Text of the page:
From there things were a bit chaotic, and I think it was mostly due to luck that none of us shared the fate of the townsfolk. The cockatrice Norton and I had mauled came flapping out after us, followed by two of the lizard-things – basilisks, Ilde calls them. I got a glancing hit on one of the basilisks with my crossbow, then Thonk and Osh waded in to do what they do best. Norton finished off the cockatrice and one of the basilisks with a blast of fire, and I managed to fire between Osh and Thonk to nail the other basilisk between the eyes. Several of the others had encountered the same unpleasant feeling as myself when they glimpsed the basilisks' eyes, and none of us were under any illusions as to the menace they posed; it was getting late, and we decided to move well away from the cave for a night's rest before pushing our luck further, especially since we could still hear faint scraping noises deeper inside.
The night was wet, and uneventful except for an earthquake during my watch – not the kind where we fall into cracks in the ground and die, just the noisy rumbly type. In the morning we returned to the cave and I went in to scout again, this time heading down the right-hand fork where the basilisks had appeared.
Soon the passage opened up, and around a corner I found two more basilisks tearing at the rotting corpse of what must have been an unlucky herdsman. I tiptoed away again, and had an idea: outside the cave, as the invisibility spell wore off, I used some chalk to draw two large 'eyes' on the back of the hood on my cloak.
As I was finishing this, I heard scraping from the cave; perhaps the basilisks had heard or scented me, perhaps they were just venturing outside. I ventured back into the cave, using a mirror to see where the basilisks were (I am not altogether sure whether this makes any difference – I still did my utmost to avoid looking at their eyes – but it can't hurt, can it?) There were two of them, one coming down each fork towards the junction; I stood at the junction until they were nearly upon me, relaying their whereabouts to my comrades, and then ran for the exit. I heard one of Norton's fireballs whoosh past my head and explode behind me, and as I emerged into the sunlight the others stood on either side of the entrance ready to fight.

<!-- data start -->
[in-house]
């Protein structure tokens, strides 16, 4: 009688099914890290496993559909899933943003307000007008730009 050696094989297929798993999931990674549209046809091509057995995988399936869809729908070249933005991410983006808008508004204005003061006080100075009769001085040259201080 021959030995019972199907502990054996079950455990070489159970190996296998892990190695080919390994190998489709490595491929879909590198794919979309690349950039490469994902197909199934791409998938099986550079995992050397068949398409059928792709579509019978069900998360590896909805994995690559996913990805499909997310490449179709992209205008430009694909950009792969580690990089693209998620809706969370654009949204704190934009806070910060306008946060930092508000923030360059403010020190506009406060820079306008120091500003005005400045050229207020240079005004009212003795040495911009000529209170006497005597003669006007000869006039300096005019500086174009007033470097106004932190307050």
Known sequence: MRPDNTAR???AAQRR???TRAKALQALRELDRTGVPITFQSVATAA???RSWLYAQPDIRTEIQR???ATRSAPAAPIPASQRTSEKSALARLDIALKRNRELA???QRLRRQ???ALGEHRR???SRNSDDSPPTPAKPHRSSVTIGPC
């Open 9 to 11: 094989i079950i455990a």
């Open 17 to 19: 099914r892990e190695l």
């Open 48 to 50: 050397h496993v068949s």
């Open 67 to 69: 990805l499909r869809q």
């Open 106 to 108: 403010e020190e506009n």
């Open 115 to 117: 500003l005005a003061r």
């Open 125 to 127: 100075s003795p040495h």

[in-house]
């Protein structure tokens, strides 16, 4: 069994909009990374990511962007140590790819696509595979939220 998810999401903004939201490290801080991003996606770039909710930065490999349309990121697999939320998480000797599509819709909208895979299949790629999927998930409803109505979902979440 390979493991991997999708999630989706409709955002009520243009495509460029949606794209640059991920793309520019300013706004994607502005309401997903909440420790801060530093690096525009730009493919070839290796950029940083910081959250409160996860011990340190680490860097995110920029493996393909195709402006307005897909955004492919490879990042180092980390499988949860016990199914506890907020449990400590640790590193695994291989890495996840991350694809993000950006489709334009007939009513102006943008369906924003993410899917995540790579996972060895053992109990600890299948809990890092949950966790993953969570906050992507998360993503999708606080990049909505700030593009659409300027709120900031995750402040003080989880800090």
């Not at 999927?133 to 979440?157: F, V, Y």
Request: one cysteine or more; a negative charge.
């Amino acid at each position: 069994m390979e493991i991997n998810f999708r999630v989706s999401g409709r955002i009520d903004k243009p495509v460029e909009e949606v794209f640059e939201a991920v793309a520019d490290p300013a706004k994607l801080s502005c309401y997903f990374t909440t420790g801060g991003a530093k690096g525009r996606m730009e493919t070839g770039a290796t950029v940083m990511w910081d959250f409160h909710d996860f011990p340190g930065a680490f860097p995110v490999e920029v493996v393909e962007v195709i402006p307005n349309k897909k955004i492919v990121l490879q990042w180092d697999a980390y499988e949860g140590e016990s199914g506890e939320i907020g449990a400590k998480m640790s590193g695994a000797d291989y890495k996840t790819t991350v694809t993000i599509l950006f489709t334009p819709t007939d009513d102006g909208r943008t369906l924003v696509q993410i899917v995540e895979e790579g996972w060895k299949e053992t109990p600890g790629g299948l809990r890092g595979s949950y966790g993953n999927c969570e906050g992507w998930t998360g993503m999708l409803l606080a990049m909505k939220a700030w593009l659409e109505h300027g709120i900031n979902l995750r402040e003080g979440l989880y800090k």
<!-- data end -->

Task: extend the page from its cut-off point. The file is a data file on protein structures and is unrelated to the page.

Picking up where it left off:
Meanwhile, I stood in front of the opening, back to the basilisks, jumping around with my eyes closed and the hood pulled up. I am not certain, but I think it helped draw their attention away harmlessly from the real throats. Between them, Thonk, Osh, Norton, Ilde, and Bimp hacked and blasted the basilisks to bits – again, I think we were lucky to escape casualties – and once they were slain, we found no more of the horrible beasts in the cave. We did find the two missing guardsmen, also petrified; without a mule we were in no position to bring them back to town, so we moved the little girl inside the cave to get her out of the weather, and returned to Haut-Chevre to tell them what we had found and where they could retrieve their unfortunate kin. (Sadly, restoring stone to flesh is beyond Bimp and Norton's abilities, at least at present; I hope the villagers can find somebody who will do it for them.)
Well, that's all for now – it may be a little while before I get to write to you next. Much love as always (and happy birthday, if I don't write again before then!) - Imbezi
Bimp, attempting to be positive: “At least the whole family went down at once!
Osh: “I think someone with Strength 22 shouldn't try milking goats.”